More than 400,000 characters created and close to 180,000 deaths, even for over 40 years that's either a lot of or some very dedicated players in a game that many have never heard of and that was essentially thought to be lost by most. But an average (!) of more than 6 million hours played per day? Close to 125,000 hours per entry/character and over 283,000 per death (Chet reported 109 deaths in about seven hours played)? So maybe there is an in-game timer? Or is this related to the total time the game has been online? Maybe I'm grossly misreading something or my brain's not completely awake yet and someone more versed in statistics can help clarify.

    1. The only way this makes sense to me is if the time statistic is buggy. If you take the ~220.000 entries that did not die, and multiply it by the 43 years since 1979, you get in the same order of magnitude as 5E10. It's a bit higher, but not all games were started in 1979. But even that explanation doesn't make much sense - the game would have to keep track of the start dates of over 200.000 games. I think it's probably just broken.

    2. Yeah, those statistics are clearly wonky. If the average number of hours per day were 6,096,385, you'd have to have over 250,000 players going for 24 hours a day throughout the entire period. I wonder if some Y2K rollover thing happened.

      I can believe the number of entries, though--roughly 25-30 per day throughout the entire period, but most of them were probably between 1979 and 1983.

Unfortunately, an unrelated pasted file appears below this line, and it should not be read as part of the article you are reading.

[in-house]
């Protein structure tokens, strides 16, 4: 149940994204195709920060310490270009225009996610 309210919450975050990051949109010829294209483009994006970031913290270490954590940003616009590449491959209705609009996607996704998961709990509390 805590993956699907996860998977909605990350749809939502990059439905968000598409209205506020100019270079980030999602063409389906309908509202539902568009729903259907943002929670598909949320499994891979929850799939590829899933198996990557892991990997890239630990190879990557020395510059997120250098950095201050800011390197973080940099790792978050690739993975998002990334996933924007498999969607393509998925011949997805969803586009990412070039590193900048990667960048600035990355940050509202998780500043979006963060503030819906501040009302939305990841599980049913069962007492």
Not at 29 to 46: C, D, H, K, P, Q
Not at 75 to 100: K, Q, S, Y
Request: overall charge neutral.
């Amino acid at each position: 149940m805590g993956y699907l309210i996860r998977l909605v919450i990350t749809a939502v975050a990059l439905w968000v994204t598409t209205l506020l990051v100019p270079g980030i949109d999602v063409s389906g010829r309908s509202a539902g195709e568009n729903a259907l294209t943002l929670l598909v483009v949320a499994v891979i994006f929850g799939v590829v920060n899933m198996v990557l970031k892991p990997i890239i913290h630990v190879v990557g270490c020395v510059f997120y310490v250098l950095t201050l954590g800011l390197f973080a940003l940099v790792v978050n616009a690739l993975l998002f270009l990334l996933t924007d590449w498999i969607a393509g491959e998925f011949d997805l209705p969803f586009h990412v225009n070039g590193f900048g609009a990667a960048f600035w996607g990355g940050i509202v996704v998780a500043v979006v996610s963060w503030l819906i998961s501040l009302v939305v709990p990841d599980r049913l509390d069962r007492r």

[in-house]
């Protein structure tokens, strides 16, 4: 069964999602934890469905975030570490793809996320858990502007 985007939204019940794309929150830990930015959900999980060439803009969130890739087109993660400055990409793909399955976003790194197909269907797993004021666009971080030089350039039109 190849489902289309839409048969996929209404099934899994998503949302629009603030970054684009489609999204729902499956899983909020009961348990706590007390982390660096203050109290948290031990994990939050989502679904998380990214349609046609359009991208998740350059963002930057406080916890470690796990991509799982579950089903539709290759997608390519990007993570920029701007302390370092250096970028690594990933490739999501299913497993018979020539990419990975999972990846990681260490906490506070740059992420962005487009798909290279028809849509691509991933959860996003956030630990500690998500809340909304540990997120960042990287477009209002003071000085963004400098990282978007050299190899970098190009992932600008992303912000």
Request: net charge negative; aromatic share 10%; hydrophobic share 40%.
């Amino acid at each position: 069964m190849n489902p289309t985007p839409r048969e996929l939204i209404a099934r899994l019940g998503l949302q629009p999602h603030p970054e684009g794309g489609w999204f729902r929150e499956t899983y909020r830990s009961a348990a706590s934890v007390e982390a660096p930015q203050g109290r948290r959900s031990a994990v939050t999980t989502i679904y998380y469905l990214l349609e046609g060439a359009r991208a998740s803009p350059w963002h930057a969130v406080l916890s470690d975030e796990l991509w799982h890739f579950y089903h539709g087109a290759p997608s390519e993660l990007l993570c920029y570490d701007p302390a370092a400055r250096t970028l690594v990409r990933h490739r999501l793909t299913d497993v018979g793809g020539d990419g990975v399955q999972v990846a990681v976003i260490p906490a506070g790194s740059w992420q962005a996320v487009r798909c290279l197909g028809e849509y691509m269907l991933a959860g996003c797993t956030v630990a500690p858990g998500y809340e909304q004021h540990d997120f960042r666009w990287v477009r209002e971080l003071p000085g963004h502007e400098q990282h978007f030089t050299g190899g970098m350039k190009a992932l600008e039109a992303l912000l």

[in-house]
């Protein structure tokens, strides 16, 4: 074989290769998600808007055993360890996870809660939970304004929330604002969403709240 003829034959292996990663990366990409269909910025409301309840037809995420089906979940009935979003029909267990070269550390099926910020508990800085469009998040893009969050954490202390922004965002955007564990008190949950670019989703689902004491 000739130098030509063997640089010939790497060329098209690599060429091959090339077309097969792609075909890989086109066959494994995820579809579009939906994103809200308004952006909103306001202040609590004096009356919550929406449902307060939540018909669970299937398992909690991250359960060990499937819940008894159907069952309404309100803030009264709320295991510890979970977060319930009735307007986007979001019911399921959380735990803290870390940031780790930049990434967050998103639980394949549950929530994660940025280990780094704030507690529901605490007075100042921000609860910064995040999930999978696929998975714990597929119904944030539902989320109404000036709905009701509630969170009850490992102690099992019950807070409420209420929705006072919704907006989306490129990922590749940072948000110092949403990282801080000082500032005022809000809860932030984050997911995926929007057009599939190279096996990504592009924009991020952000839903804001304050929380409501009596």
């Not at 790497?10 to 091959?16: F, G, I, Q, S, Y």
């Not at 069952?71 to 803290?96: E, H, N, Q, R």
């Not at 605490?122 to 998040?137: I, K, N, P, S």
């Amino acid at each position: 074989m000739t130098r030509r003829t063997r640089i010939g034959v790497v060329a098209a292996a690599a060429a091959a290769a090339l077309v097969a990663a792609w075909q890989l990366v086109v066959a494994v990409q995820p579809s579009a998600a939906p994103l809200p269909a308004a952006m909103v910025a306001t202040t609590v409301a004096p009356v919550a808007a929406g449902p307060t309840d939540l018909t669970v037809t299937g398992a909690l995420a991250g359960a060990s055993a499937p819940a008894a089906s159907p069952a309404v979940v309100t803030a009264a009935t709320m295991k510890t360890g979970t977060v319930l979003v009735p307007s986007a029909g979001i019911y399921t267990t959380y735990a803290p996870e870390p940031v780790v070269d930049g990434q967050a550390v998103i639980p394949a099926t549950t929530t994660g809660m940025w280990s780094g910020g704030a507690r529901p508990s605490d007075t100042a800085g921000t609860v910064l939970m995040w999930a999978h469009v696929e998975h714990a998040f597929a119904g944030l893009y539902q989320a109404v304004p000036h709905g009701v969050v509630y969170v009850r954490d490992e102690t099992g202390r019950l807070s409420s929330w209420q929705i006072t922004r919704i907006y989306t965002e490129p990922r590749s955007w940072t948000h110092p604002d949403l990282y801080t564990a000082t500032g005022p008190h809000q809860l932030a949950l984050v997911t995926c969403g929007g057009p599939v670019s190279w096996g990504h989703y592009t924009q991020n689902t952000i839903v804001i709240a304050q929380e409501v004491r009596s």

I was joking about about the 109. I don't think I fielded THAT many characters. It was more like 20-25.

  6. Maybe this (and Angband) was the cure for your addiction with winning all the games you play. ;)

  7. I had a very similar experience when documenting the successor to this game in Cyber1:

    I'm looking forward to trying BND, but I've already requested twice a Cybis signon without success. I hope it's only a matter of time, as they could be overwhelmed with too many requests after your first post about the game.

    1. At least the map looks more like a plausible hospital in that one.

      It took about 10 days between my CYBIS request and getting a password.

    2. Thanks, that calms me down. I don't want to miss the opportunity to explore this and other games that may be kept there.

    3. @Explorador: Your research and resulting coverage of early CRPGs is really impressive and the rhythm you have been building up since last year as well. Maybe more people would take note if it was written in English - with modern translation tools that should not be an issue, but people are lazy (and I include myself, but I speak Spanish).
      [Not sure if you already know, but your blogspot profile does not link to your blog, just an empty (blogspot) page.]

      Anyway, great work and lucky for Chet he tightened his 'CRPG' criteria and also does not accept new direct game submissions from readers anymore. Otherwise you might still keep him busy with discoveries from the early ages for quite a while, I think!